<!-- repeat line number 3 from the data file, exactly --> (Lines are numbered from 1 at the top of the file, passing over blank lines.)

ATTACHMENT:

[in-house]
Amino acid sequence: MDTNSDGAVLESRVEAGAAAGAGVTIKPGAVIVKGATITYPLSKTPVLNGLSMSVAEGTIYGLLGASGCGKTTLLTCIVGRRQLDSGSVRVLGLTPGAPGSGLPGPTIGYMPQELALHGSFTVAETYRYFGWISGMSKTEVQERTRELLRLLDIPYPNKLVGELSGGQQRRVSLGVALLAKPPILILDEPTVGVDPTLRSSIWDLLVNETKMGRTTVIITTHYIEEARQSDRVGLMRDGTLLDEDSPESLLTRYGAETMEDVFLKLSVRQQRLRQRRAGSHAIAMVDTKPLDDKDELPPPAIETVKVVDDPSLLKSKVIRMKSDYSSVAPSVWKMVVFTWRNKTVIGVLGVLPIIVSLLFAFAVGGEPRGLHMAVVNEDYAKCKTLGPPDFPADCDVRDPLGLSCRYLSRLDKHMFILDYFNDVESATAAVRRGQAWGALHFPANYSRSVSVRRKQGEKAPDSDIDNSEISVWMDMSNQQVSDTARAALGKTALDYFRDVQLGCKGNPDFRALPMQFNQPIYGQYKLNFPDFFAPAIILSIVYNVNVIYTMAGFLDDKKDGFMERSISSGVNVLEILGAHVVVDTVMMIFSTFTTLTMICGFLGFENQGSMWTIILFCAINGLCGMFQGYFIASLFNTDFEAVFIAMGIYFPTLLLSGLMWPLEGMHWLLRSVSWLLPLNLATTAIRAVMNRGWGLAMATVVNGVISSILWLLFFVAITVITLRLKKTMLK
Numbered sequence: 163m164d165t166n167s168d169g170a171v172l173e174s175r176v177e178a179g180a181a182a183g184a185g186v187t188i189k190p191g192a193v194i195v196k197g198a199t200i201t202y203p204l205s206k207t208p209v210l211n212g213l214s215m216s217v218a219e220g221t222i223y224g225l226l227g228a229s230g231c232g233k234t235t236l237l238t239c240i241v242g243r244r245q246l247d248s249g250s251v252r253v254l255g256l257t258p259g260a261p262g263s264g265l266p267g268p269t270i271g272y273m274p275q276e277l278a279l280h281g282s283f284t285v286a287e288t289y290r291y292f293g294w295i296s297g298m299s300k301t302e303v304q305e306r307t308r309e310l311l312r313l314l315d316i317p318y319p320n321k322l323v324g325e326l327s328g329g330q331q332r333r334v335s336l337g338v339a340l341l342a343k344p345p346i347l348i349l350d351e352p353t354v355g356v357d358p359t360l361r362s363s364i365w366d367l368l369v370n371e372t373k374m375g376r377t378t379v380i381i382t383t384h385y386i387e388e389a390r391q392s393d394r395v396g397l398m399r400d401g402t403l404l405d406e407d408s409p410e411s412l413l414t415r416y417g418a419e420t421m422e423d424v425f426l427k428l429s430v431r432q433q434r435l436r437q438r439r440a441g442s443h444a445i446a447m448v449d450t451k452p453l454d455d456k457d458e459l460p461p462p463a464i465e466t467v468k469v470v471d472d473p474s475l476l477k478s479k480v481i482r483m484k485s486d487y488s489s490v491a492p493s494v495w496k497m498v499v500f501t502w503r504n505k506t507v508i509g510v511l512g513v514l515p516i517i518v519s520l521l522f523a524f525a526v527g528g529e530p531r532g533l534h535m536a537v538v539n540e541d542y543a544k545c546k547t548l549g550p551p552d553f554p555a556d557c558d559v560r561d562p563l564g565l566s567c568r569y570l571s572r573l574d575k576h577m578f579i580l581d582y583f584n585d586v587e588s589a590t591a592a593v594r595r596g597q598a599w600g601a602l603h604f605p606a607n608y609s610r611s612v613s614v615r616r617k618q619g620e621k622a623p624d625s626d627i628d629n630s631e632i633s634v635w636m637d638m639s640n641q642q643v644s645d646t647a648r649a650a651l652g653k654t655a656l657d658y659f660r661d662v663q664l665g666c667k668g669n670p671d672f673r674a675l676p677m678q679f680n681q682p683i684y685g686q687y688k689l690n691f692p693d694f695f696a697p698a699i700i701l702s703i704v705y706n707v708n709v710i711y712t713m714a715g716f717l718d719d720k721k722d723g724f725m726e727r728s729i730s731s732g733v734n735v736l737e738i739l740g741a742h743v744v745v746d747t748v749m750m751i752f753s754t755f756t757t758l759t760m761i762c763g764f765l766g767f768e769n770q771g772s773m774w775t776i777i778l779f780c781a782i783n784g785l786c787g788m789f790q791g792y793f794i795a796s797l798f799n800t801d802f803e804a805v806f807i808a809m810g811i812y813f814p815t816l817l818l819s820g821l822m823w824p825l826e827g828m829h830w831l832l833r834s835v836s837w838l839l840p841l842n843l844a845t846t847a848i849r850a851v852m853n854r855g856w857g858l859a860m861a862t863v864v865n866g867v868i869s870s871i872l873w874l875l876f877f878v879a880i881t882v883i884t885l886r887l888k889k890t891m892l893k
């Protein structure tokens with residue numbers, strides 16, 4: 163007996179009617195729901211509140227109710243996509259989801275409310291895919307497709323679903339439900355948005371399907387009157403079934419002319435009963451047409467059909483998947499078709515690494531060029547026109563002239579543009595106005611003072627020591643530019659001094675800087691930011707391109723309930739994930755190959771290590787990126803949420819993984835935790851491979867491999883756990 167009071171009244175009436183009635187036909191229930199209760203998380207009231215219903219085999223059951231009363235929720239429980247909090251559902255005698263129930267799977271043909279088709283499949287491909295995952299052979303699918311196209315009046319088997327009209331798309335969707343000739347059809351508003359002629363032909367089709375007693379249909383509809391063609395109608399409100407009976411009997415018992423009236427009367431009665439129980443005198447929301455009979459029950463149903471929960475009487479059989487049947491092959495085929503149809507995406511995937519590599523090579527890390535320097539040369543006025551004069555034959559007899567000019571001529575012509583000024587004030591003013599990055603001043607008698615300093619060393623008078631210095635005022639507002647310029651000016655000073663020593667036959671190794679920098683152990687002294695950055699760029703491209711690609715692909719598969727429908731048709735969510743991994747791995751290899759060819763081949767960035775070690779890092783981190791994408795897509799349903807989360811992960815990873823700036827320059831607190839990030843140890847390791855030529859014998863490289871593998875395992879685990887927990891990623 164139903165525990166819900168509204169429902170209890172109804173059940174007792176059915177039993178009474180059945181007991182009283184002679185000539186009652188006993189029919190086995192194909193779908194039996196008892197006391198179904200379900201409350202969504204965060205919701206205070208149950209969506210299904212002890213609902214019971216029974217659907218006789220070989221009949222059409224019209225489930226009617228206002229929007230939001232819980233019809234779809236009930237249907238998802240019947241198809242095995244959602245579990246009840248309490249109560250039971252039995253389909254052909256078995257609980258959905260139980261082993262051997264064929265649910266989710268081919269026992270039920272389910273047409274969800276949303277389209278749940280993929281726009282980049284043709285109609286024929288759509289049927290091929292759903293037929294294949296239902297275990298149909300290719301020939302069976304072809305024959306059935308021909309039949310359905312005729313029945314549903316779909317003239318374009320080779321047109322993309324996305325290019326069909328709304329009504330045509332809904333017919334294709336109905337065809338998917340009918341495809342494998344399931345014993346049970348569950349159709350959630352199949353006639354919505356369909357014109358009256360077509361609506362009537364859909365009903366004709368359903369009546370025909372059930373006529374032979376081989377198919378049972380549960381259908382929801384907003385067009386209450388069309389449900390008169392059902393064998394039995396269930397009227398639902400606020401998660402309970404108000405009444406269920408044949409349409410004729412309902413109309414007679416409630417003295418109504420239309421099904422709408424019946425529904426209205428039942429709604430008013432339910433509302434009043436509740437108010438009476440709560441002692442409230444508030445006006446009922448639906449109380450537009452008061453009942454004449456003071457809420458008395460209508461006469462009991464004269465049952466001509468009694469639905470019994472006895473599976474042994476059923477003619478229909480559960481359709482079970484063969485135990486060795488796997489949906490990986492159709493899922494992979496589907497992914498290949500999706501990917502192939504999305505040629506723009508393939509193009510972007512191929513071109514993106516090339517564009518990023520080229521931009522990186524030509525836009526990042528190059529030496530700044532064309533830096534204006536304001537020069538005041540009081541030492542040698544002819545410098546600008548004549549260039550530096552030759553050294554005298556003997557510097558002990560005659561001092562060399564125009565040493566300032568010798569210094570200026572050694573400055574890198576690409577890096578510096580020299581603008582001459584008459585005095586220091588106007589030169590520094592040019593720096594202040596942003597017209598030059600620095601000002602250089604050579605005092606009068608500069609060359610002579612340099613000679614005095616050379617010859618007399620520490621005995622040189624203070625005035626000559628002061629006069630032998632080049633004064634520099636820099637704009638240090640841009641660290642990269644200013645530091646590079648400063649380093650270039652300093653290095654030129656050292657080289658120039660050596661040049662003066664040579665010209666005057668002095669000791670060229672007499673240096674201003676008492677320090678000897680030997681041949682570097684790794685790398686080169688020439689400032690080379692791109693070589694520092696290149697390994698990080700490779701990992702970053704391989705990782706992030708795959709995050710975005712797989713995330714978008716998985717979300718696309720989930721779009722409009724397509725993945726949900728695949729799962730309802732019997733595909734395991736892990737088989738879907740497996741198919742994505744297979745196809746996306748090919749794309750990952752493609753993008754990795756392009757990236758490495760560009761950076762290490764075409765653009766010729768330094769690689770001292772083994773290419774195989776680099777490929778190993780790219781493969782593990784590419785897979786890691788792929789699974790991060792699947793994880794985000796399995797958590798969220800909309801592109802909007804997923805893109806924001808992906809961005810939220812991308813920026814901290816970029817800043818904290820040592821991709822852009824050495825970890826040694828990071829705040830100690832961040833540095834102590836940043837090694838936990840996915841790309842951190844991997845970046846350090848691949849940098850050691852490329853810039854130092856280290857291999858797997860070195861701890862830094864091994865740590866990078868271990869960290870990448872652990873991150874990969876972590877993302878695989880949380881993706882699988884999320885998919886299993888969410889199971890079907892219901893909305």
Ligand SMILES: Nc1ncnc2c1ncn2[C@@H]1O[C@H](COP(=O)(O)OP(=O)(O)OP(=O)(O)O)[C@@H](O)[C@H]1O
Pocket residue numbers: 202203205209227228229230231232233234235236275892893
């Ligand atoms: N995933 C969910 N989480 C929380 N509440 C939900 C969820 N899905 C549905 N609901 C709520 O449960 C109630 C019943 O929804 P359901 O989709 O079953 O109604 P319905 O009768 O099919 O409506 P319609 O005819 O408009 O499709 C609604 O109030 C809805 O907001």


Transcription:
Numbered sequence: 163m164d165t166n167s168d169g170a171v172l173e174s175r176v177e178a179g180a181a182a183g184a185g186v187t188i189k190p191g192a193v194i195v196k197g198a199t200i201t202y203p204l205s206k207t208p209v210l211n212g213l214s215m216s217v218a219e220g221t222i223y224g225l226l227g228a229s230g231c232g233k234t235t236l237l238t239c240i241v242g243r244r245q246l247d248s249g250s251v252r253v254l255g256l257t258p259g260a261p262g263s264g265l266p267g268p269t270i271g272y273m274p275q276e277l278a279l280h281g282s283f284t285v286a287e288t289y290r291y292f293g294w295i296s297g298m299s300k301t302e303v304q305e306r307t308r309e310l311l312r313l314l315d316i317p318y319p320n321k322l323v324g325e326l327s328g329g330q331q332r333r334v335s336l337g338v339a340l341l342a343k344p345p346i347l348i349l350d351e352p353t354v355g356v357d358p359t360l361r362s363s364i365w366d367l368l369v370n371e372t373k374m375g376r377t378t379v380i381i382t383t384h385y386i387e388e389a390r391q392s393d394r395v396g397l398m399r400d401g402t403l404l405d406e407d408s409p410e411s412l413l414t415r416y417g418a419e420t421m422e423d424v425f426l427k428l429s430v431r432q433q434r435l436r437q438r439r440a441g442s443h444a445i446a447m448v449d450t451k452p453l454d455d456k457d458e459l460p461p462p463a464i465e466t467v468k469v470v471d472d473p474s475l476l477k478s479k480v481i482r483m484k485s486d487y488s489s490v491a492p493s494v495w496k497m498v499v500f501t502w503r504n505k506t507v508i509g510v511l512g513v514l515p516i517i518v519s520l521l522f523a524f525a526v527g528g529e530p531r532g533l534h535m536a537v538v539n540e541d542y543a544k545c546k547t548l549g550p551p552d553f554p555a556d557c558d559v560r561d562p563l564g565l566s567c568r569y570l571s572r573l574d575k576h577m578f579i580l581d582y583f584n585d586v587e588s589a590t591a592a593v594r595r596g597q598a599w600g601a602l603h604f605p606a607n608y609s610r611s612v613s614v615r616r617k618q619g620e621k622a623p624d625s626d627i628d629n630s631e632i633s634v635w636m637d638m639s640n641q642q643v644s645d646t647a648r649a650a651l652g653k654t655a656l657d658y659f660r661d662v663q664l665g666c667k668g669n670p671d672f673r674a675l676p677m678q679f680n681q682p683i684y685g686q687y688k689l690n691f692p693d694f695f696a697p698a699i700i701l702s703i704v705y706n707v708n709v710i711y712t713m714a715g716f717l718d719d720k721k722d723g724f725m726e727r728s729i730s731s732g733v734n735v736l737e738i739l740g741a742h743v744v745v746d747t748v749m750m751i752f753s754t755f756t757t758l759t760m761i762c763g764f765l766g767f768e769n770q771g772s773m774w775t776i777i778l779f780c781a782i783n784g785l786c787g788m789f790q791g792y793f794i795a796s797l798f799n800t801d802f803e804a805v806f807i808a809m810g811i812y813f814p815t816l817l818l819s820g821l822m823w824p825l826e827g828m829h830w831l832l833r834s835v836s837w838l839l840p841l842n843l844a845t846t847a848i849r850a851v852m853n854r855g856w857g858l859a860m861a862t863v864v865n866g867v868i869s870s871i872l873w874l875l876f877f878v879a880i881t882v883i884t885l886r887l888k889k890t891m892l893k